To illustrate the bifurcation diagram we have considered the state variables as x and $\dot{x}$. The numerical simulation shows that equation (7) can lead to complex dynamical behaviors such as multiperiodic and chaotic states. Bifurcation diagrams (variable x versus control parameter F) for the considered twopoint mooring system are illustrated in Figs. 2, 4 and 6, where the values of x (recorded after each period T = 2π/ω) is plotted versus the amplitude F of the excitation input. In addition to the bifurcation diagram, the phase portrait is displayed to describe various dynamical behaviors as shown in Figs. 3, 5 and 7.
Fig. 2 (a) is the bifurcation diagram obtained by varying F from 0.1 to 0.7 for ω = 0.4 rad/s. When the control parameter F is smoothly varied from 0.1, one can see the chaotic motions persist for a range of F values. The magnification of a part of Fig. 2 (a) is shown in Fig. 2 (b). Here, stable periodic solutions, called the periodic windows, can be observed between chaotic clouds of dots. The phase portraits of Fig. 3 (a) and (b) show an example of chaotic orbit followed by periodic orbit at forcing amplitude F = 0.341 and 0.344, respectively.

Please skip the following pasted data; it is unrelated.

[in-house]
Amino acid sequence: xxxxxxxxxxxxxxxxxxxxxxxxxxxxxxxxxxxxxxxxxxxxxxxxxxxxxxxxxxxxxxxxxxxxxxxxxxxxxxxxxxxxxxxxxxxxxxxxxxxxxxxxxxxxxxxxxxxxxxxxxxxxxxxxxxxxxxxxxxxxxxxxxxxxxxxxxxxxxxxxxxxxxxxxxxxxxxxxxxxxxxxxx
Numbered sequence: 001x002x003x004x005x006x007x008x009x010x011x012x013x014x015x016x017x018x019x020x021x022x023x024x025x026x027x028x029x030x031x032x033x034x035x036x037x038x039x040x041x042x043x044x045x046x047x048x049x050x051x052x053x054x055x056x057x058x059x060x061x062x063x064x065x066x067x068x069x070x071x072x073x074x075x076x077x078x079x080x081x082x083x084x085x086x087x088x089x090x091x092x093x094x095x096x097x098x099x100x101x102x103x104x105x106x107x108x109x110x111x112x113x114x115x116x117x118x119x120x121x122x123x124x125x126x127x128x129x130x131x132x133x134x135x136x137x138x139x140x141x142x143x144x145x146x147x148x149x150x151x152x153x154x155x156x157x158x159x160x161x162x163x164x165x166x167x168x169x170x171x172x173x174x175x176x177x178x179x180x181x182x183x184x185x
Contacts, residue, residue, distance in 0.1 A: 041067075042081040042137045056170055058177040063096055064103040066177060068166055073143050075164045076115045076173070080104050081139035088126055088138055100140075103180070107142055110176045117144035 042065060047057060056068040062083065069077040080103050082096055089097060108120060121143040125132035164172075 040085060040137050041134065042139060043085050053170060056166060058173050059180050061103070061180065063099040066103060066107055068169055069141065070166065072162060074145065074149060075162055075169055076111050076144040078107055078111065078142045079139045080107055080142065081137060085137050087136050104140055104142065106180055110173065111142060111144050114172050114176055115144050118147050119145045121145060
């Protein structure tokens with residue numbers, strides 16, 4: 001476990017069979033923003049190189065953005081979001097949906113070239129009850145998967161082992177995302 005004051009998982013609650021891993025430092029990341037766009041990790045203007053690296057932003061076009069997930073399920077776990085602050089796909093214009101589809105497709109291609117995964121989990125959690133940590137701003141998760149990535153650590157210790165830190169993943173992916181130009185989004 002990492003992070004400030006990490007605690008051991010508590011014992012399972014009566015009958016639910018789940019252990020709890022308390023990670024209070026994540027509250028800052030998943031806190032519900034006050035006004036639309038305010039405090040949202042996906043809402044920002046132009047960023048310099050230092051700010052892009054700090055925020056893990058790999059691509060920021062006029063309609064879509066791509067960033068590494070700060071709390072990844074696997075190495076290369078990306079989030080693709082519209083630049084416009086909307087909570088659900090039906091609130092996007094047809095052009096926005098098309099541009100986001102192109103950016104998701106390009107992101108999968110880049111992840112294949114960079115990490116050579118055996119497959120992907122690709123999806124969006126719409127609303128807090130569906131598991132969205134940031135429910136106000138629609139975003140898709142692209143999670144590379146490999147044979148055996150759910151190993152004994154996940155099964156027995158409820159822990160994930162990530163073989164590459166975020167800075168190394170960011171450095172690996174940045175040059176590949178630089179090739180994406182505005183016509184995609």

Fig. 4 depicts the bifurcation phenomenon where the response of x at every period of external drive versus the driving amplitude F is plotted for ω = 0.7 rad/s. We may observe that equation (6) starts with periodic motion for smaller value of F. It is interesting to note from Fig. 4 that the chaotic region is unexpectedly increased when external forcing amplitude exceeds 1.0. In the damped, forced oscillatory system given by equation (5), various types of steady states are observed on the system parameters (ω, F) as well as on the initial condition (Ueda, 1991). Fig. 5 represents the steady states trajectories observed at each of parameter values. Fig. 5 (a) and (b) show the system responses to be subharmonic with a time period of 26 seconds. Banik and Datta (2010) introduced a variety of stable subharmonic responses such as 2T, 3T, 5T, 7T , and 9T in the range of ω = 1.0 ∼ 0.5 rad/s. The phase portrait of Fig. 5 (c) and the time history curves of Fig. 5 (d) indicate symmetry breaking bifurcation. Also, Fig. 5 (e) and (f) show two coexisting period T partner orbits.